GDC selected three individuals for their “Pioneer Award,” including indie game developer Rami Ismail, Psychonauts creator and Double Fine Studios boss Tim Schaefer, and Atari founder Nolan Bushnell.
The inclusion of Bushnell, who is widely credited for his contributions to the video game boom, was first met with applause, until feminists raised their ire against him over an excerpt from a 2012 Playboy article that described Atari’s frat-like working environment.
“It was a wild environment,” he recalls wistfully. “It was post–flower revolution, women’s liberation, no AIDS yet and lots of company romances.” The engineers began code-naming their projects after women — including Darlene, a beloved employee who, according to Bushnell, “was stacked and had the tiniest waist.”
The Playboy profile echoed Steven L. Kent’s 2001 book, The Ultimate History of Video Games, which detailed how Bushnell “held meetings in hot tubs, drank heavily, experimented with drugs… Sometimes Atari board meetings seemed more like fraternity parties than business meetings.”
Bushnell was, for all intents and purposes, a wildly successful hippie.
The feminists, led by self-proclaimed “GamerGate victim” and Democratic candidate for Congress Brianna Wu, demanded that GDC rescind its award to Bushnell over the candid interview and the 2001 book, claiming that it was proof of sexual misconduct.
Her arguments were echoed by another feminist, Jennifer Scheurle who penned a long thread about the issue.
“This one is out there in plain sight, in a book for everybody to read,” she complained. “You don’t have to dig hard for it, Nolan Bushnell’s inappropriate behaviour towards women is no secret — and we give him awards.”
Feminist game designer Elizabeth Sampat shared similar complaints, demanding thatg the GDC rescind its awards from all three men and instead “award it symbolically to all of the women who built this industry and are no longer here, in large part due to men like this.”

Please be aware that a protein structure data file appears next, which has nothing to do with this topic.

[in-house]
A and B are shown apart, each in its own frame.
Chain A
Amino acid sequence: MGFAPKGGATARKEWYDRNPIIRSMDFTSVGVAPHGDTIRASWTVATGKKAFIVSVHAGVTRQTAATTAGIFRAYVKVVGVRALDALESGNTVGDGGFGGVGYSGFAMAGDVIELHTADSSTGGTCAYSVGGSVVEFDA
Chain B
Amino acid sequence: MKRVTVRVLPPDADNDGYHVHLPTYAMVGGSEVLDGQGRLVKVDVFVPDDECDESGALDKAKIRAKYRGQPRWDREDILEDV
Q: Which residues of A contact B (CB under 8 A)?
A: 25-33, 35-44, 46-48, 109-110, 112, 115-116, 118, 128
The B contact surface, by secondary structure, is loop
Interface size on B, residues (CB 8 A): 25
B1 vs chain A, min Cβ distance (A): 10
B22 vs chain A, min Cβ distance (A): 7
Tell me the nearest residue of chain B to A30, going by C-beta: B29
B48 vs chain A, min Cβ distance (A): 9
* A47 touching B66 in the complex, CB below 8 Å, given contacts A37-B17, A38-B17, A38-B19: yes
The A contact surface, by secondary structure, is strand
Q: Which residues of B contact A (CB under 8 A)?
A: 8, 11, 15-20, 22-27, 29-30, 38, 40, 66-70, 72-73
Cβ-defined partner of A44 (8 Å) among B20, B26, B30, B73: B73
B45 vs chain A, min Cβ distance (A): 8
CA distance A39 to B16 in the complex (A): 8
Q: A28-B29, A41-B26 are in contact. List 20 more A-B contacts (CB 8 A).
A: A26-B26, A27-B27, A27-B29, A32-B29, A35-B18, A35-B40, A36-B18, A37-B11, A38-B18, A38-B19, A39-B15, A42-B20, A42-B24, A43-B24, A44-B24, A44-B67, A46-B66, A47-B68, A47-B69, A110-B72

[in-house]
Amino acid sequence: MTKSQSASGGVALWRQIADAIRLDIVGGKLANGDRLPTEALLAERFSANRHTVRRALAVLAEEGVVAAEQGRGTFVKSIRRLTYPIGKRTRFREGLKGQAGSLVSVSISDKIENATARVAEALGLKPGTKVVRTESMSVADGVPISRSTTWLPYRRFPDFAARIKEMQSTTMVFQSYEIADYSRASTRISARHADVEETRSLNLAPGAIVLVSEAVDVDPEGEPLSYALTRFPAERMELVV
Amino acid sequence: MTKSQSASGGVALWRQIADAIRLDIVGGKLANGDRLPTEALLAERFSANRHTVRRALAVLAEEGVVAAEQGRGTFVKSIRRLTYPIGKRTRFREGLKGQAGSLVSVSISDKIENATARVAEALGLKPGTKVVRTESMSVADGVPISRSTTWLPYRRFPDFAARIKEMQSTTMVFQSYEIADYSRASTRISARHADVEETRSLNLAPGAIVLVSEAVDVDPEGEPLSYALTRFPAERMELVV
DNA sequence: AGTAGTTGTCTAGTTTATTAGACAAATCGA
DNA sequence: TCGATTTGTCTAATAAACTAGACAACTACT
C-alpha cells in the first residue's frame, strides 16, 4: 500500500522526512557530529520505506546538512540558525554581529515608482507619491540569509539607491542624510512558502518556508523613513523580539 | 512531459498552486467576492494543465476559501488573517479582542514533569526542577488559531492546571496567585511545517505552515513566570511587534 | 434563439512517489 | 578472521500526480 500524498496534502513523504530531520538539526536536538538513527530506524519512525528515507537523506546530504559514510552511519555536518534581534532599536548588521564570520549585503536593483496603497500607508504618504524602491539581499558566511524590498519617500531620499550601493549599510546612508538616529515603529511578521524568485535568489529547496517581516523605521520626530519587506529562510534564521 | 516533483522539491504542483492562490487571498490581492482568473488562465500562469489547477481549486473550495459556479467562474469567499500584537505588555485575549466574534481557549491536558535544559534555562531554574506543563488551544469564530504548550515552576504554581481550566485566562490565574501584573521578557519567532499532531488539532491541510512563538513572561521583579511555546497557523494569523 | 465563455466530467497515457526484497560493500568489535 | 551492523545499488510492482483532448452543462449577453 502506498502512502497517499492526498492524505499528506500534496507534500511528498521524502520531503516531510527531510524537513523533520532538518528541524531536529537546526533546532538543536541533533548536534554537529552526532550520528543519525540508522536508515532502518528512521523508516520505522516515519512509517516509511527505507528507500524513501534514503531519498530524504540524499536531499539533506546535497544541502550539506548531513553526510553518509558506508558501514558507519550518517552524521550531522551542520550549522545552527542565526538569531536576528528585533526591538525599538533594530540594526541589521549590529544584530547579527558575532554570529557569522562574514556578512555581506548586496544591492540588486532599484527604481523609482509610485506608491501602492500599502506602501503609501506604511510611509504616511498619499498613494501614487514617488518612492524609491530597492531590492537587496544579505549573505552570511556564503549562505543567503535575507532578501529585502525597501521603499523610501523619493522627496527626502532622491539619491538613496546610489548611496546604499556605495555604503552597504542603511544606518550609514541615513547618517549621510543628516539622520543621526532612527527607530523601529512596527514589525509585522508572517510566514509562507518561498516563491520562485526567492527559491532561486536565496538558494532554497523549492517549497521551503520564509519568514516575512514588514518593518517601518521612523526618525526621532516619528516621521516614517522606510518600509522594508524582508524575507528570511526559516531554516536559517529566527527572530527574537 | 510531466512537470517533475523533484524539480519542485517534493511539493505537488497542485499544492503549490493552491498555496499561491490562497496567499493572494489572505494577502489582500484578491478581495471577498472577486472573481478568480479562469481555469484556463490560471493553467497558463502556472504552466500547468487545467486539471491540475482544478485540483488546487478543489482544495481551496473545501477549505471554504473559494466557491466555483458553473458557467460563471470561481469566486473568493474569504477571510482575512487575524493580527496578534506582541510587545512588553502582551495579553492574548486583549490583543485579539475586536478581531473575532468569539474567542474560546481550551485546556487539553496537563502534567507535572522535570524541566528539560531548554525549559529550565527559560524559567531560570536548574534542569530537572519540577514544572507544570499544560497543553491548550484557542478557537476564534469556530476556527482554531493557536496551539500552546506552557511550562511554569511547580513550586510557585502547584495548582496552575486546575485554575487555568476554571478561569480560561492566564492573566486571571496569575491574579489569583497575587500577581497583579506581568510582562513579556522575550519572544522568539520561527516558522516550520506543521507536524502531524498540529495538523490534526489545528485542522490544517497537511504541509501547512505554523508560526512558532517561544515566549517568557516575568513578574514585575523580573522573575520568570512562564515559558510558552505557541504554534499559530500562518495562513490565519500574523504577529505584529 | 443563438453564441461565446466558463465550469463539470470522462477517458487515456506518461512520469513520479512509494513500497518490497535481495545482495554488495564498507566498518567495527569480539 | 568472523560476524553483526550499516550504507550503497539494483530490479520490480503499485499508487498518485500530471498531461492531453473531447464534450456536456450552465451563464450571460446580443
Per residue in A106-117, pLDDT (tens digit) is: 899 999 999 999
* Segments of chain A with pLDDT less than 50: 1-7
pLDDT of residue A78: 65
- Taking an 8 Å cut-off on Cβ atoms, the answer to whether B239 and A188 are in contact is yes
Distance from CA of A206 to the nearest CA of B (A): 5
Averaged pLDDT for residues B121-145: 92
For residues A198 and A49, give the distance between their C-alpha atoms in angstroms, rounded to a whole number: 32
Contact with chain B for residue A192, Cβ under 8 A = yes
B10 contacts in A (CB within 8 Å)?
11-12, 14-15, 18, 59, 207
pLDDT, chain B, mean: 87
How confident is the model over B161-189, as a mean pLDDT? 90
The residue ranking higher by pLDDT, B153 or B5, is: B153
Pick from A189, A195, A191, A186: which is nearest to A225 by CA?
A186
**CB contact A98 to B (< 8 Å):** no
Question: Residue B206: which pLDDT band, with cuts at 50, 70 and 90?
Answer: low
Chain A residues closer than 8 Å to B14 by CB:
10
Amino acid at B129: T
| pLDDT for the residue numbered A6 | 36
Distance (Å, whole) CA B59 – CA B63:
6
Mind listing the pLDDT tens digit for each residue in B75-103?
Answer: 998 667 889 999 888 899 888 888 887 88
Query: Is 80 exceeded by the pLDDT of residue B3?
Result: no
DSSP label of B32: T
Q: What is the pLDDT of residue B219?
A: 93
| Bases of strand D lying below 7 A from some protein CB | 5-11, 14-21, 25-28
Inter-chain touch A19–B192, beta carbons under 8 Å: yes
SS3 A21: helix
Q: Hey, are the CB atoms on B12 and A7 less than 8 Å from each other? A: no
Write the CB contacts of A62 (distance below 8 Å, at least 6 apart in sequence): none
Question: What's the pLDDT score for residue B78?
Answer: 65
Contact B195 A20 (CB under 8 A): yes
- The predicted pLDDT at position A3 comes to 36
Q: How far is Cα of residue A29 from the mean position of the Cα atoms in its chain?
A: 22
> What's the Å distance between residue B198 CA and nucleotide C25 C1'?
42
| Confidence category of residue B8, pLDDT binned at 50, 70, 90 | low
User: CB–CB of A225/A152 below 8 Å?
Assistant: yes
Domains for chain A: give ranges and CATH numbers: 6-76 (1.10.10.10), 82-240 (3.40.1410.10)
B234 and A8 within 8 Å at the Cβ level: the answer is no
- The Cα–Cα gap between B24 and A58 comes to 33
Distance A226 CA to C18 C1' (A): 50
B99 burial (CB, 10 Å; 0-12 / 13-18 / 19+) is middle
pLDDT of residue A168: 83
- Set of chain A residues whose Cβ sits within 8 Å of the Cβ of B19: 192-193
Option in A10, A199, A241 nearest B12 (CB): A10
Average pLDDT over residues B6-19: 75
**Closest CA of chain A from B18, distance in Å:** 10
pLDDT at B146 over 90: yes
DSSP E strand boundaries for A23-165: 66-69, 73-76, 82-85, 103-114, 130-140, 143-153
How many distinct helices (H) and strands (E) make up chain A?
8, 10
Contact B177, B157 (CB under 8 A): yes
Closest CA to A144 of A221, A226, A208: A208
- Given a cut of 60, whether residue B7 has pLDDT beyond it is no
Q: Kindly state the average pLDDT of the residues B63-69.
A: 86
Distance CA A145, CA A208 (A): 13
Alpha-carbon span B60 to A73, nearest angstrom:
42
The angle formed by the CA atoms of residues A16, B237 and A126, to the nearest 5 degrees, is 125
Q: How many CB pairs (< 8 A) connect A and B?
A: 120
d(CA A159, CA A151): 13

She also claimed, without basis, that female employees at Atari were forced to walk around topless.
Following the outcry, GDC rescinded its award to Bushnell. The video game pioneer released a statement addressing the allegations, stating:
“I applaud the GDC for ensuring that their institution reflects what is right, specifically with regards to how people should be treated in the workplace. And if that means an award is the price I have to pay personally so the whole industry may be more aware and sensitive to these issues, I applaud that, too. If my personal actions or the actions of anyone who ever worked with me offended or caused pain to anyone at our companies, than I apologize without reservation.”
It’s worth noting that women who worked at his company have never gone public with complaints about Atari’s working environment, or Bushnell.
Loni Reeder, a woman who co-founded a company with Bushnell and worked at Atari during the company’s wild years, defended his reputation.
“I worked there. I know Nolan personally. I cofounded a company with him years later. I was treated fairly, and paid well. I have fellow Atari women friends who also know Nolan. None of us were offended by him, or code names, or T-shirt’s. This is definitely NOT a ‘Me Too’ issue,” she wrote in response to claims that he behaved inappropriately.
“‘A proponent for that environment.’ Perhaps an ill-advised choice of words? You ‘assume’ you know more about Atari’s work environment/people than ‘I’ do. Seems the only people outraged by ancient press and a workplace from 40 years ago are definitely NOT the people who lived it,” she said.
Also worth noting is the fact that Nolan’s alleged conduct was taken out of context from the book.
Brianna Wu had only this to say following the destruction of Bushnell’s formerly sterling reputation as a professional game developer: